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Bohuslav MARTINU (1890 - 1959)
Piano Quartet (1942) [23:57]
Quartet for oboe, piano, violin and cello (1947) [11:55]
Duo No.2 for violin and cello (1958) [11:20]
Piano Trio No.3 in C (1951) [19:48]
George Caird (oboe), Schubert Ensemble (Simon Blendis (violin), Douglas Paterson (viola), Jane Salmon (cello), William Howard (piano))
rec. 19-21 January 2009, Potton Hall, Dunwich, Suffolk. DDD
CHANDOS CHAN10551 [67:10]

Experience Classicsonline

Listeners of my age will have grown up on the great 1950s and 1960s Supraphon recordings of Martinů. Who could forget Karel Sejna’s searing account of the Concerto for double string orchestra, piano and timpani (Supraphon 50109), František Hanták in the Oboe Concerto (Supraphon 50486), or the Janáček and Vlach Quartets in the 5th and 7th Quartets (Supraphon 50424)? There was so much, and in the most idiomatic performances one could wish for. The trouble was that when a western group recorded a Martinů work the performance never seemed to have quite the edge of those Czech recordings. Things have changed slightly in the past twenty or thirty years as Martinů has become more accepted, if not in the concert hall, then certainly on disk.

These performances are most welcome bringing together a selection of works from Martinů’s later years. The Piano Quartet is so typically Martinů! Oddly it’s the only major chamber work of his which Supraphon didn’t record in those earlier days, although, perhaps even more oddly, the Richards Quartet recorded it on Oiseau Lyre. It’s full of the usual, seemingly inconsequential chatter of his best neo-classical pieces, with a moment of hilarious indecision at the start, and containing some dark lyricism. The slow movement is particularly impressive in its ability to move one emotionally, whilst, musically, doing very little. The finale has an insouciance which is very typical of some of Martinů’s works, but goes unmentioned. I am convinced that it is a kind of California dreamin’ style, years before the hippies discovered it. This is a lovely, laid-back, performance of one of Martinů’s sunniest chamber works.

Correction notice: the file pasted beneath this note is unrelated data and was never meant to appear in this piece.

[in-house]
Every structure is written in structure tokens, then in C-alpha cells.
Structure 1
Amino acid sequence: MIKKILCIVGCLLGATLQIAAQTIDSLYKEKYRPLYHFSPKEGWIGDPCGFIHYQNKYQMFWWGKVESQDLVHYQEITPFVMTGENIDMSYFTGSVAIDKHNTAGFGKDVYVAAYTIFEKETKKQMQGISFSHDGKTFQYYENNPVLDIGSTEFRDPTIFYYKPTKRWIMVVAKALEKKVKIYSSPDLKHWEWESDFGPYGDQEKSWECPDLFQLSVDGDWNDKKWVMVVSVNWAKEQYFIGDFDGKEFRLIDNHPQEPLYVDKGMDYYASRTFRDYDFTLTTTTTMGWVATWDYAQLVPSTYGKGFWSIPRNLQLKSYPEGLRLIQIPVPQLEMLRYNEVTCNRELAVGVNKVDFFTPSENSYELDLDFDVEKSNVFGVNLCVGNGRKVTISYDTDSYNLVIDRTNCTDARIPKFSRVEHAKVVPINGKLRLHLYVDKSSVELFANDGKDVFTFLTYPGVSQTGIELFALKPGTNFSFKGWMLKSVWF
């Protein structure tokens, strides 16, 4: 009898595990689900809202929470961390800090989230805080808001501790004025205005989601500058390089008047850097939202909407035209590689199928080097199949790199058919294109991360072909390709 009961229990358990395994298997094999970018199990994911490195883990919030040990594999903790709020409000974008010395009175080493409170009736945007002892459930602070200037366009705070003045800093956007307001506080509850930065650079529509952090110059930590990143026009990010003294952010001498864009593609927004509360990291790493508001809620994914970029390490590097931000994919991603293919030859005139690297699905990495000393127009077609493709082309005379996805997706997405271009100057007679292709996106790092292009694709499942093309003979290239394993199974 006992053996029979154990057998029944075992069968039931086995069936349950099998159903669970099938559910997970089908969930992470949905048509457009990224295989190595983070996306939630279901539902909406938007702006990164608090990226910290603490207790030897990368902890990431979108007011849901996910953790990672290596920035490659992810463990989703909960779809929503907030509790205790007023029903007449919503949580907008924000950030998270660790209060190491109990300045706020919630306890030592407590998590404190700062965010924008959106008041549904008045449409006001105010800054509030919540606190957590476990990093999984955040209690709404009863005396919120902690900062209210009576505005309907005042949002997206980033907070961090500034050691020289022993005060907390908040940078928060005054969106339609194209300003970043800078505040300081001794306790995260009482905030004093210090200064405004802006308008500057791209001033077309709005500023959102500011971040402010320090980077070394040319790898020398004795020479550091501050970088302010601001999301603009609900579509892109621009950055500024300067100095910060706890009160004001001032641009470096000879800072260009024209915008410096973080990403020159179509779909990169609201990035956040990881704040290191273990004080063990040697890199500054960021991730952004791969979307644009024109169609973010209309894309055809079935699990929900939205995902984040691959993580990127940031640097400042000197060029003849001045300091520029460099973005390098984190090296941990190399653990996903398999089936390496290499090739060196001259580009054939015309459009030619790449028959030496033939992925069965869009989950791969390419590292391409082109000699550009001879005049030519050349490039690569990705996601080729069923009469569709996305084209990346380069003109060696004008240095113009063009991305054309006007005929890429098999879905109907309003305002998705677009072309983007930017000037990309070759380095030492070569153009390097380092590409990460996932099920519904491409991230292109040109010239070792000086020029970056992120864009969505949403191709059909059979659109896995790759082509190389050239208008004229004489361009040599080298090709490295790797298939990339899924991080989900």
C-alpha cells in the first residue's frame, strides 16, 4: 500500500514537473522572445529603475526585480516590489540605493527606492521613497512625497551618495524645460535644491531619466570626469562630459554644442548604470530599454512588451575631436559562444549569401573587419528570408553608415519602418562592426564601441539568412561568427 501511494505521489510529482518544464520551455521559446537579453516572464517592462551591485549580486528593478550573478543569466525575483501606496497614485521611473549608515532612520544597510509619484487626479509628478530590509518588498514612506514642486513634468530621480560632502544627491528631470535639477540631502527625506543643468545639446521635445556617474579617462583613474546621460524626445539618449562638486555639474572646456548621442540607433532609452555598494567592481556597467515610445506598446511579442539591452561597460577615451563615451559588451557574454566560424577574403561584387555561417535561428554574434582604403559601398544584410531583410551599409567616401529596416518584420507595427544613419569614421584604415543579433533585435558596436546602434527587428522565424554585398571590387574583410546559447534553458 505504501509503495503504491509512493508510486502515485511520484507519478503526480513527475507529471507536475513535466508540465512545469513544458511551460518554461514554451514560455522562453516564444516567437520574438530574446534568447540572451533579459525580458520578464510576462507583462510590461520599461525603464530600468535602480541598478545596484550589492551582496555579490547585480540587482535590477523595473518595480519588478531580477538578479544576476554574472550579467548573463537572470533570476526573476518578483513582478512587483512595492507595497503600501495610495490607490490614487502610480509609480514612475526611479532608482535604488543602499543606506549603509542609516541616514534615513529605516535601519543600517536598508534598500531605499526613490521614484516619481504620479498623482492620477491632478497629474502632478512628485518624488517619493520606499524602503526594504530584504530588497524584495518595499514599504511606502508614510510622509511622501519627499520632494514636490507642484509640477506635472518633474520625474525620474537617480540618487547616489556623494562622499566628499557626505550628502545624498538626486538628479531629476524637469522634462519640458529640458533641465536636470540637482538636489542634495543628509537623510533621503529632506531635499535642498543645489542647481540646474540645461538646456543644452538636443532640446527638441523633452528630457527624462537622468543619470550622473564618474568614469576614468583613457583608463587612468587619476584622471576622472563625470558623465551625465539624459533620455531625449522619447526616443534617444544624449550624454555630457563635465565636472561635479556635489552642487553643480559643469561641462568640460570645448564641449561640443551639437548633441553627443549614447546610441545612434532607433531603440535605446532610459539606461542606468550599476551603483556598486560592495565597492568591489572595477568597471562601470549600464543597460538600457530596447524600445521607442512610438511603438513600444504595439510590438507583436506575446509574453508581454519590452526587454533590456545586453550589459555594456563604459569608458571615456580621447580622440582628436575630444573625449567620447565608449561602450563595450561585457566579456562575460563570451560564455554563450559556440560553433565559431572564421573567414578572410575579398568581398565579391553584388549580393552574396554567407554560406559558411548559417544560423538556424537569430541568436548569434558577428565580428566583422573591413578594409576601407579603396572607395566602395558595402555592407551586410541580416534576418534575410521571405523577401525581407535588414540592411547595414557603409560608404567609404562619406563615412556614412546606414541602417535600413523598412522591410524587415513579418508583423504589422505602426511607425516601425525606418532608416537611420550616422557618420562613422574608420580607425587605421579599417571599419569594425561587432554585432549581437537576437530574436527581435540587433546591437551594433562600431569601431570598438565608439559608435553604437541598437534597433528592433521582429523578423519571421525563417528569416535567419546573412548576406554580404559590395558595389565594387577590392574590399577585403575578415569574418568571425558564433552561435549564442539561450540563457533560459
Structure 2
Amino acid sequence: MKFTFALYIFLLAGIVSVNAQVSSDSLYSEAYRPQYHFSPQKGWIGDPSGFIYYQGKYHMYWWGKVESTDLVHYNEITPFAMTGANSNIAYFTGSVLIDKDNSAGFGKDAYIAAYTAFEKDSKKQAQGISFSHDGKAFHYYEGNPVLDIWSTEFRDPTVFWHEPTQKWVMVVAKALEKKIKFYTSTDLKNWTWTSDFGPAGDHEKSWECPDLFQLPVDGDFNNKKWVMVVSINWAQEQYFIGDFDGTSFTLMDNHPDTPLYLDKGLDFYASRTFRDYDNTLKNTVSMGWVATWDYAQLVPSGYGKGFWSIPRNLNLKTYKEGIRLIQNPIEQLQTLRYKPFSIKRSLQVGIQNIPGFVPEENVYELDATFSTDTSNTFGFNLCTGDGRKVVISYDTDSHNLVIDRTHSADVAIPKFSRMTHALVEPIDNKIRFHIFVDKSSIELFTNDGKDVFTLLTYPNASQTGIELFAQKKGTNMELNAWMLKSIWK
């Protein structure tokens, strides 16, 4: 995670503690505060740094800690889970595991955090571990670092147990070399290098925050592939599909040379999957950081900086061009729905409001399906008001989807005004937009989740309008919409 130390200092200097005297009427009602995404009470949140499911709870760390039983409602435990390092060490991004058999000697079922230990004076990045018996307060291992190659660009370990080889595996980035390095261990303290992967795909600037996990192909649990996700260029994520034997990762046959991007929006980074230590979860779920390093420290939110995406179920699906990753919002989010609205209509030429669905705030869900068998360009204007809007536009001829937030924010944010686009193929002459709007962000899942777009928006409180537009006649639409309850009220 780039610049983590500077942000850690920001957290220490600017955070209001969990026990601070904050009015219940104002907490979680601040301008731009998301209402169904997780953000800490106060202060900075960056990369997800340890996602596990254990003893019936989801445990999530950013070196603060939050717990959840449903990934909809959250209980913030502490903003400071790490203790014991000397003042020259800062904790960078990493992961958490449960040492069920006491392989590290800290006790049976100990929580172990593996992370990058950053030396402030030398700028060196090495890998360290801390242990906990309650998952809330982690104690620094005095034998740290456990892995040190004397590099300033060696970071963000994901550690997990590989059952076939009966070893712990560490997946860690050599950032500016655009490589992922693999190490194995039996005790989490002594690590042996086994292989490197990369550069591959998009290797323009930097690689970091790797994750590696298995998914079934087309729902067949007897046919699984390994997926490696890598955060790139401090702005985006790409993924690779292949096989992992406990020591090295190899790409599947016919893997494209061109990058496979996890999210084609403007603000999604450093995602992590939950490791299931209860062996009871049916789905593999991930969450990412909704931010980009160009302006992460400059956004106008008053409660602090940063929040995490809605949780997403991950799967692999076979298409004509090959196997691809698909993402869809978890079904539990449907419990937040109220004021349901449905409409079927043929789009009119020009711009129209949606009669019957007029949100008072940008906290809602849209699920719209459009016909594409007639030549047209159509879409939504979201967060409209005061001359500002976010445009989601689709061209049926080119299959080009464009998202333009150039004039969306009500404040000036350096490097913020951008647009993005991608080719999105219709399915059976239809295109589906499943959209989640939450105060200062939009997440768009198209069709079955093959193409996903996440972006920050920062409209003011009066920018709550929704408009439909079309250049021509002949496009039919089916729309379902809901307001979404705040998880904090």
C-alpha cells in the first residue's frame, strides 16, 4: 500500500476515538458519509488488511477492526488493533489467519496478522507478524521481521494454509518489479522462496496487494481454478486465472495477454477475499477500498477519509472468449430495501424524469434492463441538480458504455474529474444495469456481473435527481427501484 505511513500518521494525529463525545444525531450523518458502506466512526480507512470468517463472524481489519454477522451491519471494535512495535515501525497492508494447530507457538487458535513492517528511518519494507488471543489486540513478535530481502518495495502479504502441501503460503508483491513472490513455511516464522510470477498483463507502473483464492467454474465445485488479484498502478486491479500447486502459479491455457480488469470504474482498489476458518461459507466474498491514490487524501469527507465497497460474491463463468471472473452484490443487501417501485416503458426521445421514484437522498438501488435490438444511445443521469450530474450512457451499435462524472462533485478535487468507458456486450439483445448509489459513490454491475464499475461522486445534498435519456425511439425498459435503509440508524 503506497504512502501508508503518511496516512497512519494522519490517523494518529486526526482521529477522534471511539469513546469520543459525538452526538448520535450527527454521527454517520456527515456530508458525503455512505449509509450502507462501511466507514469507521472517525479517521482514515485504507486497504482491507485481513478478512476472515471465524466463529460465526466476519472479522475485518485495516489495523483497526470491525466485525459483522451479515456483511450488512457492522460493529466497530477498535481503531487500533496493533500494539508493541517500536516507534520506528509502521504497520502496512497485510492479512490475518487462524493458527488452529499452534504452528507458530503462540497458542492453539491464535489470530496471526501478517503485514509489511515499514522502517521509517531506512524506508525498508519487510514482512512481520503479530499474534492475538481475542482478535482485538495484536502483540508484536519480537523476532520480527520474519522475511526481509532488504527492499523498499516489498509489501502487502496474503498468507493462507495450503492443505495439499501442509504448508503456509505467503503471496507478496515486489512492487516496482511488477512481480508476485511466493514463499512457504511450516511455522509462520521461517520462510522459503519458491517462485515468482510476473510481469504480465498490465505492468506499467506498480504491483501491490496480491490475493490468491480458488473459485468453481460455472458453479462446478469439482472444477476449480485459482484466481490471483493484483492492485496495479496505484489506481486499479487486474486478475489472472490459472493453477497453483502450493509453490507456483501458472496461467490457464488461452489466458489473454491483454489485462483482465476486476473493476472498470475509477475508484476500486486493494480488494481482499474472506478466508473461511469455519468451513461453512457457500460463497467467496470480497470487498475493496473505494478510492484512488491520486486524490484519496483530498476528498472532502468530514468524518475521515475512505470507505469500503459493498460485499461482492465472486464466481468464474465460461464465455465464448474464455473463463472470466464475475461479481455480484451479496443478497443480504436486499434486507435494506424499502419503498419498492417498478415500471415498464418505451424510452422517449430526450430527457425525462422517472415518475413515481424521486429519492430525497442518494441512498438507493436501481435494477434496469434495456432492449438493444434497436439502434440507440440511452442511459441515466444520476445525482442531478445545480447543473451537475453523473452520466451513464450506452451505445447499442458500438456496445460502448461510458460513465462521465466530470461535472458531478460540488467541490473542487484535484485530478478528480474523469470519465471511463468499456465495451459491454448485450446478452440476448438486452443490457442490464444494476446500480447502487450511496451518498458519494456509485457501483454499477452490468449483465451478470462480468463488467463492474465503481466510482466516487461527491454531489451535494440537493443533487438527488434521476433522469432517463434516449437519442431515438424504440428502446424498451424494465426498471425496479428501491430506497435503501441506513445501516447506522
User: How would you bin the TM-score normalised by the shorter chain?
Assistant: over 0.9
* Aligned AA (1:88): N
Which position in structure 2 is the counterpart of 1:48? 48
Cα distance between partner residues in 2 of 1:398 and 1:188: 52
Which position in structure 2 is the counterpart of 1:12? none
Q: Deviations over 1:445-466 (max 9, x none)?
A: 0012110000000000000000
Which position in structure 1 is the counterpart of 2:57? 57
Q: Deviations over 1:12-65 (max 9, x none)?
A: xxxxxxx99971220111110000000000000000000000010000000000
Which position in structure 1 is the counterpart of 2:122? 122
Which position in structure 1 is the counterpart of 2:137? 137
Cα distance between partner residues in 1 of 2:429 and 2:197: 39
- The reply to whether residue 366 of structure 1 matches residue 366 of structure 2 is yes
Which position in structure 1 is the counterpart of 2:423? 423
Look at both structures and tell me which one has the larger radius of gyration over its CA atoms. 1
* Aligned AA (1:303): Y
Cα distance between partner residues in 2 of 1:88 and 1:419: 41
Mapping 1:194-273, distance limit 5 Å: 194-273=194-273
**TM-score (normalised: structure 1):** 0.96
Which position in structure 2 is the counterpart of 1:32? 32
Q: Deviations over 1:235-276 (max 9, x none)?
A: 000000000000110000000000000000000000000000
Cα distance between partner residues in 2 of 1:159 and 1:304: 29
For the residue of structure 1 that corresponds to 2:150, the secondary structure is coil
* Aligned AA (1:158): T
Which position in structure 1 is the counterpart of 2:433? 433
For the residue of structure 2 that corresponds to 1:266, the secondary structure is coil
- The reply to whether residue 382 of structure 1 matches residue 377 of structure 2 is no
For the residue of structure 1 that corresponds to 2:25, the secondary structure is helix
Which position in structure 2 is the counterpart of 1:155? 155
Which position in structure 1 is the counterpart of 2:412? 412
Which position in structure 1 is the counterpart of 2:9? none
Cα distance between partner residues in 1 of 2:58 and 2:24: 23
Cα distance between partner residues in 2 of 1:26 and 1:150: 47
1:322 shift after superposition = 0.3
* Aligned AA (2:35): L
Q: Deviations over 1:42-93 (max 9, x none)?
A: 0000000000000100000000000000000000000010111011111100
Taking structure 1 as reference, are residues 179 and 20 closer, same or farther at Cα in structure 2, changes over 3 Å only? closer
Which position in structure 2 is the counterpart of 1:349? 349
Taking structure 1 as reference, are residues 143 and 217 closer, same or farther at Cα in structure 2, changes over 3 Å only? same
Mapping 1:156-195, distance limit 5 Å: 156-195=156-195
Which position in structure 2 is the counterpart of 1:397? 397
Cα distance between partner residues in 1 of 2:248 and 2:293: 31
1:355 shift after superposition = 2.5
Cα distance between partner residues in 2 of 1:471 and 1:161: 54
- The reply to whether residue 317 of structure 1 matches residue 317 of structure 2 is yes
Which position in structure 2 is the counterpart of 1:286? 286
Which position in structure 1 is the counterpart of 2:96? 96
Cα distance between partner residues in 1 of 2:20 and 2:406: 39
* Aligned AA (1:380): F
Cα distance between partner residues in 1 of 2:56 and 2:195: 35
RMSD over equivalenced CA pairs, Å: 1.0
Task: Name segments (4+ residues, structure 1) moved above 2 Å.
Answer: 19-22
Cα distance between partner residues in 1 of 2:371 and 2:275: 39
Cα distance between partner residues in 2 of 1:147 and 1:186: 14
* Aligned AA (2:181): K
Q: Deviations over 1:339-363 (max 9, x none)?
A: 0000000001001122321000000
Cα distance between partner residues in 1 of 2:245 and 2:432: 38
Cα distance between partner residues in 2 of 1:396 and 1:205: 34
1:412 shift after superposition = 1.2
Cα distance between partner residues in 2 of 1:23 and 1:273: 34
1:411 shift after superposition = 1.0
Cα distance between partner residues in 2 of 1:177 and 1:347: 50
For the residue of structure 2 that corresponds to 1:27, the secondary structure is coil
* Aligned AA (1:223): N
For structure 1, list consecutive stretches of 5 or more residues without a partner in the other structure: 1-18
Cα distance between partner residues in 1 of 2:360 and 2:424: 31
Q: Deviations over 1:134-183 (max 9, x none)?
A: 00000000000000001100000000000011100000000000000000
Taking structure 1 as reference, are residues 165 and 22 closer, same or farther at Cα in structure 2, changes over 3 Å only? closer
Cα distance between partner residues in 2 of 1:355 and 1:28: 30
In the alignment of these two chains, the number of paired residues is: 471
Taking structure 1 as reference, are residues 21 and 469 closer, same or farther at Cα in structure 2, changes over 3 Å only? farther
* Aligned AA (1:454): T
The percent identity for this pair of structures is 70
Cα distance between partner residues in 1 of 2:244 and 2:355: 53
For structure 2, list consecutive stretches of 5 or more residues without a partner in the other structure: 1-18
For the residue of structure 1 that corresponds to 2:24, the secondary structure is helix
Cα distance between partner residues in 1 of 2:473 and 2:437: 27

The Oboe Quartet is written for the unusual ensemble of oboe, piano, violin and cello, instead of the usual oboe and string trio. It’s rather serious and even though written in his neo-classical voice, doesn’t chatter away. What it does do, however, is have a serious discussion about the music presented. The finale brings things to a delightfully carefree conclusion. The second of Martinů’s 2 Duos for violin and cello, doesn’t have the jazzy Paris of the 1920s acting as its mentor (as did the 1st Duo (1927)). It’s slightly too long for its material, and too serious for its instrumentation.

The 3rd Piano Trio is one of Martinů’s masterpieces. Here the composer packs a lot into a very short playing time. It’s full of good tunes, has a certain amount of incident and is beautifully laid out for the instruments. It has a real purpose, that of working out musical problems in an intelligent and logical way. This is a very serious work and makes a most satisfying conclusion to a disk which contains an amount of lighter fare.

These are very fine performances of music which tickles the ear most pleasantly yet discovers some depths as well. They are not, indeed they could not, be as idiomatic as the older Czech recordings. The newer Czech recordings also seem more cosmopolitan and less integrated as performances. If you’ve got the Foerster Trio in the 3rd Trio (Supraphon 50698), or Josef Suk and André Navarra in the 2nd Duo (Supraphon 50877) don’t get rid of them for these performances in no way supercede them. However, this disk is worth having because of the coupling, and the Quartet and Trio on one disk make this a very tempting buy.

Bob Briggs  



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